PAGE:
Anne Balay: If your feminism isn’t intersectional, it isn’t feminism
Today we welcome a guest post from Anne Balay, author of Semi Queer: Inside the World of Gay, Trans, and Black Truck Drivers, just published this month by UNC Press.
Long-haul trucking is linked to almost every industry in America, yet somehow the working-class drivers behind big rigs remain largely hidden from public view. Gritty, inspiring, and often devastating oral histories of gay, transsexual, and minority truck drivers allow award-winning author Anne Balay to shed new light on the harsh realities of truckers’ lives behind the wheel. A licensed commercial truck driver herself, Balay discovers that, for people routinely subjected to prejudice, hatred, and violence in their hometowns and in the job market, trucking can provide an opportunity for safety, welcome isolation, and a chance to be themselves–even as the low-wage work is fraught with tightening regulations, constant surveillance, danger, and exploitation. The narratives of minority and queer truckers underscore the working-class struggle to earn a living while preserving one’s safety, dignity, and selfhood.
Semi Queer is available now in both print and ebook editions.
If your feminism isn’t intersectional, it isn’t feminism.
At each protest I’ve been to since Trump, I see a sign saying: If your feminism isn’t intersectional, it isn’t feminism.
I agree with the sentiment, but I feel compelled to add that intersectional thinking is genuinely difficult. The insight of intersectionality (Crenshaw) is not that we all live within an interlocking system of oppressions, but rather that these oppressions pull us in different directions, causing divided loyalties – internalized conflict and tension. Intersectional identity leaves each person feeling ripped apart at the core. AND each person who theorizes or does activism intersectionally feels that, too.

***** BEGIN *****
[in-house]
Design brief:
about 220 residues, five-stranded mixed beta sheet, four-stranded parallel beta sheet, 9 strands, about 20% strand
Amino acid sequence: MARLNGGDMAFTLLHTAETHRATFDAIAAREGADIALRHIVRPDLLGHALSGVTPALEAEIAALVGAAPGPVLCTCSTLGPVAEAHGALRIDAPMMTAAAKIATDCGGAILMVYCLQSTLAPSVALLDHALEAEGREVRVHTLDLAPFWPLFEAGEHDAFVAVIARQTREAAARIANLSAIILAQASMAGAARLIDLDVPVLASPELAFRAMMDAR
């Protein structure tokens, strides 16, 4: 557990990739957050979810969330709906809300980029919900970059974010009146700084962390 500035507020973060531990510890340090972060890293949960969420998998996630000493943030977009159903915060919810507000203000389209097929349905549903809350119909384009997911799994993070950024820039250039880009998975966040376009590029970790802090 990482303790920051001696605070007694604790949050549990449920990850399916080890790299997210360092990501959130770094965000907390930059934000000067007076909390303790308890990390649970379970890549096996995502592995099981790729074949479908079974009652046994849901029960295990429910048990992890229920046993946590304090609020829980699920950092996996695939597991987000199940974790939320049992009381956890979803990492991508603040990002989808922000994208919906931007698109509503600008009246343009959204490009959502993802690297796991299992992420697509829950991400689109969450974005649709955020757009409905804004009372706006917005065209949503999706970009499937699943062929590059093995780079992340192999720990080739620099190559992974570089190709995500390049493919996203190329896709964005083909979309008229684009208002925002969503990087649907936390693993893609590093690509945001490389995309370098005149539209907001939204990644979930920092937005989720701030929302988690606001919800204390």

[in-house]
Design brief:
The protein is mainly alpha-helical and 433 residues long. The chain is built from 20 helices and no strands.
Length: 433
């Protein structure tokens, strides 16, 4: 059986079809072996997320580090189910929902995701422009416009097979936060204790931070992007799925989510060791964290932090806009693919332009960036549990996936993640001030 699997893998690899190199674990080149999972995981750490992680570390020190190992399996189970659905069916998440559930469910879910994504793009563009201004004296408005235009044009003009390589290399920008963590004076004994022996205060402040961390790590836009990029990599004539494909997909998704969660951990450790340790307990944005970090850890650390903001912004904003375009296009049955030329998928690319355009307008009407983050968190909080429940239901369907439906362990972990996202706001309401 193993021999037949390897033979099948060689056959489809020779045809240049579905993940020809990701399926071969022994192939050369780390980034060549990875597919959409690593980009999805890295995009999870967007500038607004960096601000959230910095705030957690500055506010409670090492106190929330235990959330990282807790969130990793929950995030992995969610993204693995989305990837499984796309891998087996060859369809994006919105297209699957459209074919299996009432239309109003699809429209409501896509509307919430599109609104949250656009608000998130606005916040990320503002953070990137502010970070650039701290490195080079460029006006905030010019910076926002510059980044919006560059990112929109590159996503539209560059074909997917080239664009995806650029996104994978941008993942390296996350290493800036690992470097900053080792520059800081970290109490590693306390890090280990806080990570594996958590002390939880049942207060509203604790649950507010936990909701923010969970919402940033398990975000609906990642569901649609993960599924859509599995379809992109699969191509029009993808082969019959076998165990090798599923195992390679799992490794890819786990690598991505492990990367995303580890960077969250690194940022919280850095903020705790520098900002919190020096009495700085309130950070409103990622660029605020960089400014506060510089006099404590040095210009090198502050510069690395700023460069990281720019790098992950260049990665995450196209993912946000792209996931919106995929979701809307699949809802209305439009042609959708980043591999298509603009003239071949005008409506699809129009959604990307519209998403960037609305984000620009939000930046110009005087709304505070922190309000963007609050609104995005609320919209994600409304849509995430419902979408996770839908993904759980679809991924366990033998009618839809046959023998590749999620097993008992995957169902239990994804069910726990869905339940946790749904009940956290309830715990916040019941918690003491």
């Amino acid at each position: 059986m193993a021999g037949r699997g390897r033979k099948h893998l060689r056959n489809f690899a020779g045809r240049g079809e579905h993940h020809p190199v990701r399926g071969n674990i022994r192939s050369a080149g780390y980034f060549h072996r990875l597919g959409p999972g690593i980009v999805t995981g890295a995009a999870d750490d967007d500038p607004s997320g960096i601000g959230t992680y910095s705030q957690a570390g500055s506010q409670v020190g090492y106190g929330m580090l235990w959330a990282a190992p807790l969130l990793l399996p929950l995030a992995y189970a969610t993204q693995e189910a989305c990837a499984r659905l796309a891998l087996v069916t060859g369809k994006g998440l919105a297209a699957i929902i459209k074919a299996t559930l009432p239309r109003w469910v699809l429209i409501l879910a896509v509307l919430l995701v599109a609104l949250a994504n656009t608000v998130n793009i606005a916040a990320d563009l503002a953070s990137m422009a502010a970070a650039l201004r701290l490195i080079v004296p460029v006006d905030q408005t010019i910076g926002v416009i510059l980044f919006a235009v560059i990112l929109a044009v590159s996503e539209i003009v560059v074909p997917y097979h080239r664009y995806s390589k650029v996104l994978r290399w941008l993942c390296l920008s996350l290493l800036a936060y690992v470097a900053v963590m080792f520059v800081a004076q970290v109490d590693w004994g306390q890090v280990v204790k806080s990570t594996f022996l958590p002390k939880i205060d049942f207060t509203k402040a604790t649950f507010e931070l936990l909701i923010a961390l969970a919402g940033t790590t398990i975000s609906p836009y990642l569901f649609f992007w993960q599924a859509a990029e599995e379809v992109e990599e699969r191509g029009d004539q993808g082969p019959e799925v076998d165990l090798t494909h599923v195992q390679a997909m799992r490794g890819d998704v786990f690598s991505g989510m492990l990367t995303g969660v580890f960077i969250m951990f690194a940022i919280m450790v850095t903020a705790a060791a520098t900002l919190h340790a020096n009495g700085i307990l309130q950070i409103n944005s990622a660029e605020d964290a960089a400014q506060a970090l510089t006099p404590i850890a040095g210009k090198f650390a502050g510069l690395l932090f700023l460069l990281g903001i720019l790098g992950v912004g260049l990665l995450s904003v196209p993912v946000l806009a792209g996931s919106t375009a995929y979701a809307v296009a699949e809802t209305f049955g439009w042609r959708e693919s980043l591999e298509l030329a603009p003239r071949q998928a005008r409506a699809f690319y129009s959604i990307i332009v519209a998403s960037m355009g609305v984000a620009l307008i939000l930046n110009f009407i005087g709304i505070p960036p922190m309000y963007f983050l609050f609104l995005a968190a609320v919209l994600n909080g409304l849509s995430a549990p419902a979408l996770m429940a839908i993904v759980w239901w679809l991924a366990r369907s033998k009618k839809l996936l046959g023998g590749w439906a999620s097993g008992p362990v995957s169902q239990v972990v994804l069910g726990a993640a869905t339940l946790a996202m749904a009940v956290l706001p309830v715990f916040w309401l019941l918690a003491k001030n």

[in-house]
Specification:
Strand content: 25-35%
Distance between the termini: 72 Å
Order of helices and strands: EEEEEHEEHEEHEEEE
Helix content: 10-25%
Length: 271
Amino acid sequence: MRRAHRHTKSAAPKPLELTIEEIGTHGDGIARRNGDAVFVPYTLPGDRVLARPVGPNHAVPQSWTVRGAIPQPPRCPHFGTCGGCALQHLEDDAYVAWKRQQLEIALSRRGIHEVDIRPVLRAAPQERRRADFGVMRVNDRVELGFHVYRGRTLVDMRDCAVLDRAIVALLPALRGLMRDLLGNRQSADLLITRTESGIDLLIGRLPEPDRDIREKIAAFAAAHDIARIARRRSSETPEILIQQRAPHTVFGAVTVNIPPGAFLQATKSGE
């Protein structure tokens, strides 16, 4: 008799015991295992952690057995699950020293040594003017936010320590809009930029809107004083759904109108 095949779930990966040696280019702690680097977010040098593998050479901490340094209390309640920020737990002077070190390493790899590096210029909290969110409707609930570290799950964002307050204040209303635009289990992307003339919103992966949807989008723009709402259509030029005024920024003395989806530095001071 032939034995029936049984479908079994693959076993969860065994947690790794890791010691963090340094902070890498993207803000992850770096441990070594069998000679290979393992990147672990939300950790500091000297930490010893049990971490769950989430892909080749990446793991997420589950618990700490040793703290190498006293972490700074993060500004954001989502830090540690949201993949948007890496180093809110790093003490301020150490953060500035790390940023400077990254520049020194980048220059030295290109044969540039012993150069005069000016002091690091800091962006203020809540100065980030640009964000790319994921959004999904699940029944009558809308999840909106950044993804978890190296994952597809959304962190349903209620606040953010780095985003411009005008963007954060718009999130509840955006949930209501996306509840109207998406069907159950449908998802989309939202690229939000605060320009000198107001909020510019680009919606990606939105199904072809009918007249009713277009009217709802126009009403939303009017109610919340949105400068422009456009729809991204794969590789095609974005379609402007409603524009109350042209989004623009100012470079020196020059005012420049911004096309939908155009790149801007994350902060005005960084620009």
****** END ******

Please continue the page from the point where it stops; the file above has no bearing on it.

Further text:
Writing Semi Queer, my book about gay, trans, and black truckers, encouraged me to think about visibly stigmatized bodies putting themselves out in dangerous public spaces as part of their jobs. And to think about public perceptions of and knowledge about truck drivers and other disrespected, blue-collar workers. I literally wrote the book on this subject, but it remains difficult for me to think about these two threads at the same time.
For example, during the Pittsburg protests about the murder of Antwon Rose, a 17-year old boy shot in the back as he fled from police, traffic was stopped on the highway. A news reporter interviewed two drivers who left their trucks to talk to protestors. They interview Gene, and “another guy who was driving one of the larger trucks.” The entire news segment avoids the word trucker, though both interviewees are white, middle-aged men with beards and ball caps. The journalist seems surprised that these men support the protestors, even though they’re inconvenienced by them.
Class analysis of this segment suggests that the narrative about the “white working class” as racist and resentful is not promulgated by the workers themselves. When you ask them directly what they think, they usually surprise you by being human, and having a nuanced view of the issues affecting them. However, the truckers being interviewed are white, male, and at the very least straight-passing. How would this story have played differently if the truckers were my narrators?